Let me touch on some of the initiatives under way to meet the challenges that we all recognise and that have been referred to in the debate. Sir Bruce Keogh undertook a review of the NHS urgent and emergency care system, which is trying to cope with the root causes of demand. Following the review’s recommendations, ambulance services will increasingly be transformed into mobile treatment centres, with greater use of “hear and treat”, in which telephone calls are closed with advice, and “see and treat”, in which paramedics are equipped to treat patients on the scene without a conveyance. There will also be greater integration with the rest of the health system. Some 2,600 more paramedics are now operating within our ambulance services across the country than in 2010, and in the past year 1,400 trainees have started on paramedic courses. There has been a big shift towards training more ambulance staff to undertake treatment on the ground.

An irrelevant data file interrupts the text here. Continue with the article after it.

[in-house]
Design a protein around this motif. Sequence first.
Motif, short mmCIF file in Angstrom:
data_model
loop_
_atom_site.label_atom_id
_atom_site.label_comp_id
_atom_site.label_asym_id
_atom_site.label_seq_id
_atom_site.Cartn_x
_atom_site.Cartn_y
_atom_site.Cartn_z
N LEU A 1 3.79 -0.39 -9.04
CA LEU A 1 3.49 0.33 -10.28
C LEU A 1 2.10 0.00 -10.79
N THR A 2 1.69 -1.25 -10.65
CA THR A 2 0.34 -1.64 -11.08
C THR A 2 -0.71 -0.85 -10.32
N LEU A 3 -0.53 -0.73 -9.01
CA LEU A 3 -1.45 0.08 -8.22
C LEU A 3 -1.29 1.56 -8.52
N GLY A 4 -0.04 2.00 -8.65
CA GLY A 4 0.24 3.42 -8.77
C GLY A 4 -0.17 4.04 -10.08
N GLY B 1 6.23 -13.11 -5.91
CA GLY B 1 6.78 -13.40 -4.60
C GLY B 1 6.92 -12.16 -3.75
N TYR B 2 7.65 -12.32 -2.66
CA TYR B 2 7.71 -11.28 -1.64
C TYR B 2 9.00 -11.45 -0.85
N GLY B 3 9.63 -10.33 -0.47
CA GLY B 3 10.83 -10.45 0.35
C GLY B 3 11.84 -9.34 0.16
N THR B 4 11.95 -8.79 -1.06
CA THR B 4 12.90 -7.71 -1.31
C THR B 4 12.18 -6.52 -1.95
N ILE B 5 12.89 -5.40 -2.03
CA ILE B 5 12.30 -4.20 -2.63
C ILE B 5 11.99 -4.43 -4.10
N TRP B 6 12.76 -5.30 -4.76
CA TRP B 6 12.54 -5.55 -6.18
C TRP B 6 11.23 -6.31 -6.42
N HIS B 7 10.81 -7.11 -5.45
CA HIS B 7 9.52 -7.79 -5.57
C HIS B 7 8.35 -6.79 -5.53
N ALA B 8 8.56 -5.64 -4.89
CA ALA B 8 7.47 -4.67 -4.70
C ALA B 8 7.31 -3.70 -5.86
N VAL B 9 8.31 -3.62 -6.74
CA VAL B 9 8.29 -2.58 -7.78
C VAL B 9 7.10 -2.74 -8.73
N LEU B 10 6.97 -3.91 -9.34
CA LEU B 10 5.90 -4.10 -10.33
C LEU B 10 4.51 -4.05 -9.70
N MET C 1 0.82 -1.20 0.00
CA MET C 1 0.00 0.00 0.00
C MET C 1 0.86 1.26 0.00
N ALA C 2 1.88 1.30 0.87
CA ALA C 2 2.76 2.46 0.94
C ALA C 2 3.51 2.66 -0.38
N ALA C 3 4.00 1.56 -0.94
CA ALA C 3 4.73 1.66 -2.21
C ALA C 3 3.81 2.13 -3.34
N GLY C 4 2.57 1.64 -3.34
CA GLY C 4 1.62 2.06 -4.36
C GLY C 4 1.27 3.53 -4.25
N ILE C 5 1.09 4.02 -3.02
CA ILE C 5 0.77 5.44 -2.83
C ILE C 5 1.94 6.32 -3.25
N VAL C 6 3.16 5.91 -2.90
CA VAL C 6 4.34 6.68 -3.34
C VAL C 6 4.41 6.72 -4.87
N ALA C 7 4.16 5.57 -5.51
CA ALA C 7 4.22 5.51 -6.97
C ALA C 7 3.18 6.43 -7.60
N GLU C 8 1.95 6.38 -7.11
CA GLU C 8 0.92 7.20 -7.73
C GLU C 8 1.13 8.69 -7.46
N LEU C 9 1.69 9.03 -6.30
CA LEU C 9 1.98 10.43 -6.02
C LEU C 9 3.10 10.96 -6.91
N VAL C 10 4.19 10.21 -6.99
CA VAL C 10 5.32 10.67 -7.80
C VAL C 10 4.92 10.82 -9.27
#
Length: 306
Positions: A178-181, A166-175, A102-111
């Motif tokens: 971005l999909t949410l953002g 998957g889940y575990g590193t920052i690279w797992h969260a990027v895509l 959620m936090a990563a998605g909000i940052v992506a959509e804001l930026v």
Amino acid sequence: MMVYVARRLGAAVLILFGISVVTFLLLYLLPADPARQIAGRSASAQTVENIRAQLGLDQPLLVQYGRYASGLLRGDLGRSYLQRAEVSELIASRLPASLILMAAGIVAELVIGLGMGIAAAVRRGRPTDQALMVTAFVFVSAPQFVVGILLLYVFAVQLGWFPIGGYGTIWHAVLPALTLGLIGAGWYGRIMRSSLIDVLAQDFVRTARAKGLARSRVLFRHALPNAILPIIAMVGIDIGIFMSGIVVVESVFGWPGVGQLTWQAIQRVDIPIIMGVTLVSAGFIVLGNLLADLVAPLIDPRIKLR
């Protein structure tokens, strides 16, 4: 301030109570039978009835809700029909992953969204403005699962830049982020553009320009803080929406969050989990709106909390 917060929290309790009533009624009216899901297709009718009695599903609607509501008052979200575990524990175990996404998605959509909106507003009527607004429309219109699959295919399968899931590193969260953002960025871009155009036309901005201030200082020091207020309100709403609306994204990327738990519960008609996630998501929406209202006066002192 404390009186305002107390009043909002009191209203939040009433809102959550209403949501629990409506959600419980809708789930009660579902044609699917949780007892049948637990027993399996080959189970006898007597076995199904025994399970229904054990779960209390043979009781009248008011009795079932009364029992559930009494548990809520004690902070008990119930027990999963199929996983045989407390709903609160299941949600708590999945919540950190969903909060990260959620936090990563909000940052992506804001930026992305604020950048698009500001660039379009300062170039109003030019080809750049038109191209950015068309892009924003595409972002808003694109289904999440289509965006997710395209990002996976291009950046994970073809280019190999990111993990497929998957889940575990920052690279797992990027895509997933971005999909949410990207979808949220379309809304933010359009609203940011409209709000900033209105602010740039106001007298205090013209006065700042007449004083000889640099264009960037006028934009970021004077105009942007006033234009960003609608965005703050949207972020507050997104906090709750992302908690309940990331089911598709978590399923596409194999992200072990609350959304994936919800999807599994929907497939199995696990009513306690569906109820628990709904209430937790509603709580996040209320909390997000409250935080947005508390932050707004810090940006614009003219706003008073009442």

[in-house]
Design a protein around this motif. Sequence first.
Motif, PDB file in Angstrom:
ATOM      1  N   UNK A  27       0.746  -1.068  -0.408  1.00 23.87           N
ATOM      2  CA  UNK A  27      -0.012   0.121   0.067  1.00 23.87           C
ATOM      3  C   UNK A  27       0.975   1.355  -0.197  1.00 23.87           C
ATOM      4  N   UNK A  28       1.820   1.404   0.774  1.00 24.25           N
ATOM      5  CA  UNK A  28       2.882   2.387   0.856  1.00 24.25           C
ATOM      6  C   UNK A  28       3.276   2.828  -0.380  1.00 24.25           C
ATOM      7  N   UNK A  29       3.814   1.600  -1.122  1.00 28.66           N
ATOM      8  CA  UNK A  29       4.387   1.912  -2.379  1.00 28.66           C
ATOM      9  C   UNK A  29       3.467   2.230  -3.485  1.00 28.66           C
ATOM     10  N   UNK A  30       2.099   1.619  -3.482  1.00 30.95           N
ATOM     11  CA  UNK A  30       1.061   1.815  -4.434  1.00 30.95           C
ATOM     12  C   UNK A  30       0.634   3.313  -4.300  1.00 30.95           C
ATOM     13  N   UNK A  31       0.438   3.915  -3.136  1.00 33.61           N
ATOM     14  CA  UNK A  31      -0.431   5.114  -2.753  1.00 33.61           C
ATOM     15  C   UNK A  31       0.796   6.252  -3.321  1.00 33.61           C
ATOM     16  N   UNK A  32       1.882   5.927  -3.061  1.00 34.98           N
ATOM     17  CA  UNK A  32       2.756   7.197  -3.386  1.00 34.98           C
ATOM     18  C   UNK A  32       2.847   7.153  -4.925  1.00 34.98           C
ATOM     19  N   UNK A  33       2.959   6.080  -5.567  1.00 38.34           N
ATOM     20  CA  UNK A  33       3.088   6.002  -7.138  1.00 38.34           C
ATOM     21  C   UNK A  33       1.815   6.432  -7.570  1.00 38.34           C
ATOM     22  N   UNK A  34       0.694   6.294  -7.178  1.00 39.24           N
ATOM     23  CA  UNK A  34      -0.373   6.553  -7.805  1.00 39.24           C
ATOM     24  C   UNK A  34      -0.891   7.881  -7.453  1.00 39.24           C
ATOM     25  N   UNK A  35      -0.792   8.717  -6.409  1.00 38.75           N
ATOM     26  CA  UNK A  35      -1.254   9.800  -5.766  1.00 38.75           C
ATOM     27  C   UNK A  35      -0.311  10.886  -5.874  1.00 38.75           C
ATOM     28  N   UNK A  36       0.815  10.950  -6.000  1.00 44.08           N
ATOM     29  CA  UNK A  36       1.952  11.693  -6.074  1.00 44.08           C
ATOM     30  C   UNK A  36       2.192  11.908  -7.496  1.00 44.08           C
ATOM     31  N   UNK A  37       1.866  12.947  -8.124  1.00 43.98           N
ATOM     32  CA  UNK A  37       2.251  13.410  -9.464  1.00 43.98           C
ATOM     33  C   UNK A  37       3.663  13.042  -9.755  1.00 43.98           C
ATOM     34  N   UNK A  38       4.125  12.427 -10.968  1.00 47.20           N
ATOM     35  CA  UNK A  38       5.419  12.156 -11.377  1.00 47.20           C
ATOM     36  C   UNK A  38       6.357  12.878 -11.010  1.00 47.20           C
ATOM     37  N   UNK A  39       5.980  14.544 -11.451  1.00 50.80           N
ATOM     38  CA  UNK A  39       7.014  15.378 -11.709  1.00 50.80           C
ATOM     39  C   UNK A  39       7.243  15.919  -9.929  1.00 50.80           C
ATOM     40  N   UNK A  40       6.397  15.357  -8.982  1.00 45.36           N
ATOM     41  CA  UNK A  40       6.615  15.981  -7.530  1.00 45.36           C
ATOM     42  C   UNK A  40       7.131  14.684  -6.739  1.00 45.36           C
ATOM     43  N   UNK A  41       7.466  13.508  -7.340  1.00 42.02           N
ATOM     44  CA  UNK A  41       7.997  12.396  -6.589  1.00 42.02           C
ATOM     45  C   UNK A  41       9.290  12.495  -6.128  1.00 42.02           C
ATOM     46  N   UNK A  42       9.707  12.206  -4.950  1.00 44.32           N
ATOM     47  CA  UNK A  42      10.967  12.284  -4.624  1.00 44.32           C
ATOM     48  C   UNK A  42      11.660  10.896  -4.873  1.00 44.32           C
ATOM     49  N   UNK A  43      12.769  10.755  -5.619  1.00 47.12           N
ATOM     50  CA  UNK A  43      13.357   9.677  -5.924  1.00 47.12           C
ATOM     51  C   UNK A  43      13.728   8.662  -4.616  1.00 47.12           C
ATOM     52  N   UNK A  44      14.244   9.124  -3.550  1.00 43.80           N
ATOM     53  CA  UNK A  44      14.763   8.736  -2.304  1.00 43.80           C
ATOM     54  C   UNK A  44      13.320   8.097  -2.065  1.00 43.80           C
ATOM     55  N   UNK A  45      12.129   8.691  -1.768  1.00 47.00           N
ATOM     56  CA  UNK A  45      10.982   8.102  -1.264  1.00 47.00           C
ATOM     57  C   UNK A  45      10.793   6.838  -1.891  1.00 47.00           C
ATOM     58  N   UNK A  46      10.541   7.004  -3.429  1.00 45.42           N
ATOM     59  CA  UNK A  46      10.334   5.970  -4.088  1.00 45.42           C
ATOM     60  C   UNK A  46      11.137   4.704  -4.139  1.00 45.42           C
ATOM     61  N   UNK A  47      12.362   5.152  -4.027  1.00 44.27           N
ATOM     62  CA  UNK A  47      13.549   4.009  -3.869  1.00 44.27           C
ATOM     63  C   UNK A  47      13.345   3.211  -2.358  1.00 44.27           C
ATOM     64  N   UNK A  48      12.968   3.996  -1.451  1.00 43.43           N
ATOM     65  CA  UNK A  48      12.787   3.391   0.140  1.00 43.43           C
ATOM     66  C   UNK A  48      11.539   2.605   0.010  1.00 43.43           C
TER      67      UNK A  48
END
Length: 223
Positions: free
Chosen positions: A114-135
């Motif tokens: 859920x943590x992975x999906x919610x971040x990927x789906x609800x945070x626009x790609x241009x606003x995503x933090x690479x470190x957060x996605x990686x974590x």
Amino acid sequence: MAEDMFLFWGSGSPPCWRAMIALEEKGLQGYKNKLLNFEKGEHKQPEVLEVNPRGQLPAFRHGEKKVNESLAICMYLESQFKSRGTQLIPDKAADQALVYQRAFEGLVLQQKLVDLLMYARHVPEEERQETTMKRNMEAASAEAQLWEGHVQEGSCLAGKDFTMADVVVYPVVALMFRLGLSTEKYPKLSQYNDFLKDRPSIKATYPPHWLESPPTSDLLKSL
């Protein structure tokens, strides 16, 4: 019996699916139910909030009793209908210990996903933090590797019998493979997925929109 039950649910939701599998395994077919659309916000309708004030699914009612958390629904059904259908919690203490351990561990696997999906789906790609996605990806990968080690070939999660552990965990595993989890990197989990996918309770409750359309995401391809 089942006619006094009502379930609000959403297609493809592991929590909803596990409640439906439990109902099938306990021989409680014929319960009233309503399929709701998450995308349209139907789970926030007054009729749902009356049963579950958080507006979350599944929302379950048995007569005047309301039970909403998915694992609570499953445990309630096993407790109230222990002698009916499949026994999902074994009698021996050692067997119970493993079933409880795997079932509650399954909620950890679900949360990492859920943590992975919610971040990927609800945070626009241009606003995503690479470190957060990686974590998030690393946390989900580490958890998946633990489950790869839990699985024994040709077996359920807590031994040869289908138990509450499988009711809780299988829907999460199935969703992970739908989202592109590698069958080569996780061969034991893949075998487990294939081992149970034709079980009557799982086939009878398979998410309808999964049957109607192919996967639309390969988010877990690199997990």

The Care Quality Commission has recognised that SWASFT is one of the highest-performing trusts in England, particularly in its “hear and treat” service, which enables clinicians to assess and triage patients over the phone and close the call without the need to send an ambulance. In April, 49.1% of calls to SWASFT were resolved without transportation to A&E—the highest percentage of any trust in England. That allows more patients to be treated in their own home or in the community without needing to be taken to hospital, helping not only the patient, but the system.